Posts

August 30, 2014

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7:11 PM | This GoPro Survived a Failed Rocket Test. Here’s the Epic Footage (Video)
Ever wondered what it looks like at the bottom of a rocket during an engine malfunction? Well, thanks to GoPro, now you know: Copenhagen Suborbitals (who owns the rocket in the gif above) is a Danish, ameteur based non-profit aerospace organization. Their main goal (right now at least) is to launch a human into space and return them home safely. Recently, the company was carrying out a test of its HEAT-2X rocket, and decided to use a GoPro HERO3 camera to capture the action
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12:06 AM | ScienceArt Exhibits Through September and Beyond
The inside scoop on the best science art exhibitions around the country: EXHIBITS: NORTHEAST REGION LIFE: Magnified June – November 2014 Gateway Gallery Between Concourse C and the AeroTrain... -- Read more on ScientificAmerican.com
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12:01 AM | Scrivener on Linux: Try it, you’ll like it.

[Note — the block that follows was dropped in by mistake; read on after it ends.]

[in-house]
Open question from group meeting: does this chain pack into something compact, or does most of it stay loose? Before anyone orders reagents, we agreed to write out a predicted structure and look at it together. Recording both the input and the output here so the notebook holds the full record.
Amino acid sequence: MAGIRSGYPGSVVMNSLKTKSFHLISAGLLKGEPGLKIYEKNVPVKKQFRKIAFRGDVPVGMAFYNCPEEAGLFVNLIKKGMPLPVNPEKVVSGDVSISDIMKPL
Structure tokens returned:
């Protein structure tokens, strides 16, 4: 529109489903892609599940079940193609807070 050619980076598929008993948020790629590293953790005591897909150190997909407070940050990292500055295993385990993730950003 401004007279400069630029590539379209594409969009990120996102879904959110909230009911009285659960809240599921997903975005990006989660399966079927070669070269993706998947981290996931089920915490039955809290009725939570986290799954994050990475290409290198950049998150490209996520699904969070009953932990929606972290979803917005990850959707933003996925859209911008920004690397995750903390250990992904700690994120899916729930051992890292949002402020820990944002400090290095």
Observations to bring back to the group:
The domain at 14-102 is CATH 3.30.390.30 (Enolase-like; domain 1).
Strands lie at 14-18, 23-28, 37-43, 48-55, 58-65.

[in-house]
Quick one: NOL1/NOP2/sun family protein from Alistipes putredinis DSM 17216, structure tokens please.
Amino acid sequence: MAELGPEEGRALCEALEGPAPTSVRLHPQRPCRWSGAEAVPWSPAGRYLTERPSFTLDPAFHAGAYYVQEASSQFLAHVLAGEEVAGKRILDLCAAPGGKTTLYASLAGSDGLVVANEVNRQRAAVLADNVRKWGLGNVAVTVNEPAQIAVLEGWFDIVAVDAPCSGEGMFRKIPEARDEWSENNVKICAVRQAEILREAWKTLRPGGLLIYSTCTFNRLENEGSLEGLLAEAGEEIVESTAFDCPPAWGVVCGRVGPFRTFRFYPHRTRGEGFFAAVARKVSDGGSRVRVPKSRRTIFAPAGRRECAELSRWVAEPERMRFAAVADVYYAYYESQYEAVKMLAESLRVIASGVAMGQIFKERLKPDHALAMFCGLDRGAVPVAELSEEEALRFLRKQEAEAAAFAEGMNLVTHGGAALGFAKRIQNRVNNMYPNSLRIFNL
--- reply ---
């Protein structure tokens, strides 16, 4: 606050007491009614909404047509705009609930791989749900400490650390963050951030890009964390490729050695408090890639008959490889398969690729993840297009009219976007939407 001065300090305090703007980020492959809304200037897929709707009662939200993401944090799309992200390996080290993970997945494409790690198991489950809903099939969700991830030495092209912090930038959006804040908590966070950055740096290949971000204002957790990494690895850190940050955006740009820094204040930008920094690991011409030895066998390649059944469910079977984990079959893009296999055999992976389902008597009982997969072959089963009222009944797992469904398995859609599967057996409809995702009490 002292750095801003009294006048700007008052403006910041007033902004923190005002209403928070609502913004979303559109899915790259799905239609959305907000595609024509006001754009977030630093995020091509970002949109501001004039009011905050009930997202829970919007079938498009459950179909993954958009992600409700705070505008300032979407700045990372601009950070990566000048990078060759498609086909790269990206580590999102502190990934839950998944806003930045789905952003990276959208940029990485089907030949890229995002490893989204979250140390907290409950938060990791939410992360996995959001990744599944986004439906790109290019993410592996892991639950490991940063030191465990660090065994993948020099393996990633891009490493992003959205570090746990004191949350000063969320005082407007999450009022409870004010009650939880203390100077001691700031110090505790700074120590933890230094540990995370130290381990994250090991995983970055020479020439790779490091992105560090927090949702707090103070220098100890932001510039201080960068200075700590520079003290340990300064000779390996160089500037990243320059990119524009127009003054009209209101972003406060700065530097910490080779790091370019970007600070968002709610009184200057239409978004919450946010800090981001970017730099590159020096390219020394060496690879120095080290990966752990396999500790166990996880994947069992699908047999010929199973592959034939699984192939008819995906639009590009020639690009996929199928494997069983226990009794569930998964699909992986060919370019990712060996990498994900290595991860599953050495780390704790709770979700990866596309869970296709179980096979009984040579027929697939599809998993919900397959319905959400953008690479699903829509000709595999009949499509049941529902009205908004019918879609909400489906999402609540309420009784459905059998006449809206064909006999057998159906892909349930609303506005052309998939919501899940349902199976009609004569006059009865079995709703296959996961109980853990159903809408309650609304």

In some ways, Scrivener is the very embodiment of anti-Linux, philosophically. Scrivener is a writing program, used by authors. In Linux, one strings together well developed and intensely tested tools on data streams to produce a result. So, to author a complex project, create files and edit them in a simple text editor, using some…

August 29, 2014

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6:42 PM | Like GPS? Thank Relativity
In 1971—16 years after Einstein’s death—the definitive experiment to test Einstein’s relativity was finally carried out. It required not a rocket launch but eight round-the-world plane tickets that cost the United States Naval Observatory, funded by taxpayers, a total of $7,600. The brainchild of Joseph Hafele (Washington University in St. Louis) and Richard Keating (United […]The post Like GPS? Thank Relativity appeared first on The Crux.
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12:50 PM | Cellphone Addiction Is ‘an Increasingly Realistic Possibility’
Women college students spend an average of 10 hours a […]
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12:49 PM | Caltech, UCLA, USC team on federally funded innovation hub
The National Science Foundation (NSF) announced today that it will […]
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8:30 AM | The psychology of wearable computing - does Google Glass affect where people look?